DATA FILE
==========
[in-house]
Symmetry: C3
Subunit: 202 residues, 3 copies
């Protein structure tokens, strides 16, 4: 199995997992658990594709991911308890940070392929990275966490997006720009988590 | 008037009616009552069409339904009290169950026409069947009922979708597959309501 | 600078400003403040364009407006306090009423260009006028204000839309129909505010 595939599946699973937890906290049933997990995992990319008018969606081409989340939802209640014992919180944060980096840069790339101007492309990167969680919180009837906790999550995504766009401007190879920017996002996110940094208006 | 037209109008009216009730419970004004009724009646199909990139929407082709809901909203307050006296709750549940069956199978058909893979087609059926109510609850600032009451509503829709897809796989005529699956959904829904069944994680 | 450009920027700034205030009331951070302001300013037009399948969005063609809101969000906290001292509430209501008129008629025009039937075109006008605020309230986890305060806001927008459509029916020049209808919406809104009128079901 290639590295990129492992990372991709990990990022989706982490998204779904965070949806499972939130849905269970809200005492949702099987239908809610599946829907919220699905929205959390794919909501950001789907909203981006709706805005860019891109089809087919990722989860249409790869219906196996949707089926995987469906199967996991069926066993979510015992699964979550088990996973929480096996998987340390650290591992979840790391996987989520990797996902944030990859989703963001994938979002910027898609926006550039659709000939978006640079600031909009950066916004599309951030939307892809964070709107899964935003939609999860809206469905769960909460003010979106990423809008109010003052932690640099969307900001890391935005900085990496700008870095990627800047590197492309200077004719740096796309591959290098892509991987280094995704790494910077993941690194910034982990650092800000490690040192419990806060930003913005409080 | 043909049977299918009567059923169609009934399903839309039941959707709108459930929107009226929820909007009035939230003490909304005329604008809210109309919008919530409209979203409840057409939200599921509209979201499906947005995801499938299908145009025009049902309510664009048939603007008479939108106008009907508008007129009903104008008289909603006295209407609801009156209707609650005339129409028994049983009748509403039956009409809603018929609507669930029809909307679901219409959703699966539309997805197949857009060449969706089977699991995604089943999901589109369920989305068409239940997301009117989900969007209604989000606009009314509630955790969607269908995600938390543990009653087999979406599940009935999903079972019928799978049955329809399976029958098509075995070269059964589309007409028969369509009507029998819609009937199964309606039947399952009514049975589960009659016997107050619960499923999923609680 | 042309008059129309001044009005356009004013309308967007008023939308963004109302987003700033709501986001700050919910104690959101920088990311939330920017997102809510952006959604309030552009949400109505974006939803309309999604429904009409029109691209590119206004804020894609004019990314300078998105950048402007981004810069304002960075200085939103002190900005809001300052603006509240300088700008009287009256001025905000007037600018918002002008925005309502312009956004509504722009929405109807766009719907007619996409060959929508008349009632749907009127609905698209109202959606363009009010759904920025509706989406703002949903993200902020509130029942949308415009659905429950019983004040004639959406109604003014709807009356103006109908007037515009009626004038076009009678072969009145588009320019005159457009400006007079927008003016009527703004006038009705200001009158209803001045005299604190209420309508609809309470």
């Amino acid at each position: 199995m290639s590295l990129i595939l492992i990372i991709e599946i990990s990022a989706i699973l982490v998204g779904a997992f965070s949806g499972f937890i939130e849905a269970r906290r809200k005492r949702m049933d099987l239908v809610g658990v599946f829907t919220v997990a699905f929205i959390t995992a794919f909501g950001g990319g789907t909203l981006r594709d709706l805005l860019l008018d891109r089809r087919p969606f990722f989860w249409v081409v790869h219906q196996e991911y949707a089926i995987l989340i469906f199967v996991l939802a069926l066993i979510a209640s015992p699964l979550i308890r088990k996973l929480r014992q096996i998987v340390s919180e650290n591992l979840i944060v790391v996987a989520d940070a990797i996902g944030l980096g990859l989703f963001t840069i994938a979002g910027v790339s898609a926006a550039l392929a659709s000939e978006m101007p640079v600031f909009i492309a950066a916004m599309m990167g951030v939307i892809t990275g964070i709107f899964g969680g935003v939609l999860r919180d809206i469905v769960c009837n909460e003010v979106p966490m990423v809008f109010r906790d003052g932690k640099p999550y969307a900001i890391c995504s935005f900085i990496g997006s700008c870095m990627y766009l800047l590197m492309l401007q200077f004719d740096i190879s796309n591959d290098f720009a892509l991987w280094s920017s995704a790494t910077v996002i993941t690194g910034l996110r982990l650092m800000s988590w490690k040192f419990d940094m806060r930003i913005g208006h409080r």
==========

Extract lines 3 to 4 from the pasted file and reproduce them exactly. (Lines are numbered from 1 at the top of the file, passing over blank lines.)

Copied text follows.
Subunit: 202 residues, 3 copies
């Protein structure tokens, strides 16, 4: 199995997992658990594709991911308890940070392929990275966490997006720009988590 | 008037009616009552069409339904009290169950026409069947009922979708597959309501 | 600078400003403040364009407006306090009423260009006028204000839309129909505010 595939599946699973937890906290049933997990995992990319008018969606081409989340939802209640014992919180944060980096840069790339101007492309990167969680919180009837906790999550995504766009401007190879920017996002996110940094208006 | 037209109008009216009730419970004004009724009646199909990139929407082709809901909203307050006296709750549940069956199978058909893979087609059926109510609850600032009451509503829709897809796989005529699956959904829904069944994680 | 450009920027700034205030009331951070302001300013037009399948969005063609809101969000906290001292509430209501008129008629025009039937075109006008605020309230986890305060806001927008459509029916020049209808919406809104009128079901 290639590295990129492992990372991709990990990022989706982490998204779904965070949806499972939130849905269970809200005492949702099987239908809610599946829907919220699905929205959390794919909501950001789907909203981006709706805005860019891109089809087919990722989860249409790869219906196996949707089926995987469906199967996991069926066993979510015992699964979550088990996973929480096996998987340390650290591992979840790391996987989520990797996902944030990859989703963001994938979002910027898609926006550039659709000939978006640079600031909009950066916004599309951030939307892809964070709107899964935003939609999860809206469905769960909460003010979106990423809008109010003052932690640099969307900001890391935005900085990496700008870095990627800047590197492309200077004719740096796309591959290098892509991987280094995704790494910077993941690194910034982990650092800000490690040192419990806060930003913005409080 | 043909049977299918009567059923169609009934399903839309039941959707709108459930929107009226929820909007009035939230003490909304005329604008809210109309919008919530409209979203409840057409939200599921509209979201499906947005995801499938299908145009025009049902309510664009048939603007008479939108106008009907508008007129009903104008008289909603006295209407609801009156209707609650005339129409028994049983009748509403039956009409809603018929609507669930029809909307679901219409959703699966539309997805197949857009060449969706089977699991995604089943999901589109369920989305068409239940997301009117989900969007209604989000606009009314509630955790969607269908995600938390543990009653087999979406599940009935999903079972019928799978049955329809399976029958098509075995070269059964589309007409028969369509009507029998819609009937199964309606039947399952009514049975589960009659016997107050619960499923999923609680 | 042309008059129309001044009005356009004013309308967007008023939308963004109302987003700033709501986001700050919910104690959101920088990311939330920017997102809510952006959604309030552009949400109505974006939803309309999604429904009409029109691209590119206004804020894609004019990314300078998105950048402007981004810069304002960075200085939103002190900005809001300052603006509240300088700008009287009256001025905000007037600018918002002008925005309502312009956004509504722009929405109807766009719907007619996409060959929508008349009632749907009127609905698209109202959606363009009010759904920025509706989406703002949903993200902020509130029942949308415009659905429950019983004040004639959406109604003014709807009356103006109908007037515009009626004038076009009678072969009145588009320019005159457009400006007079927008003016009527703004006038009705200001009158209803001045005299604190209420309508609809309470």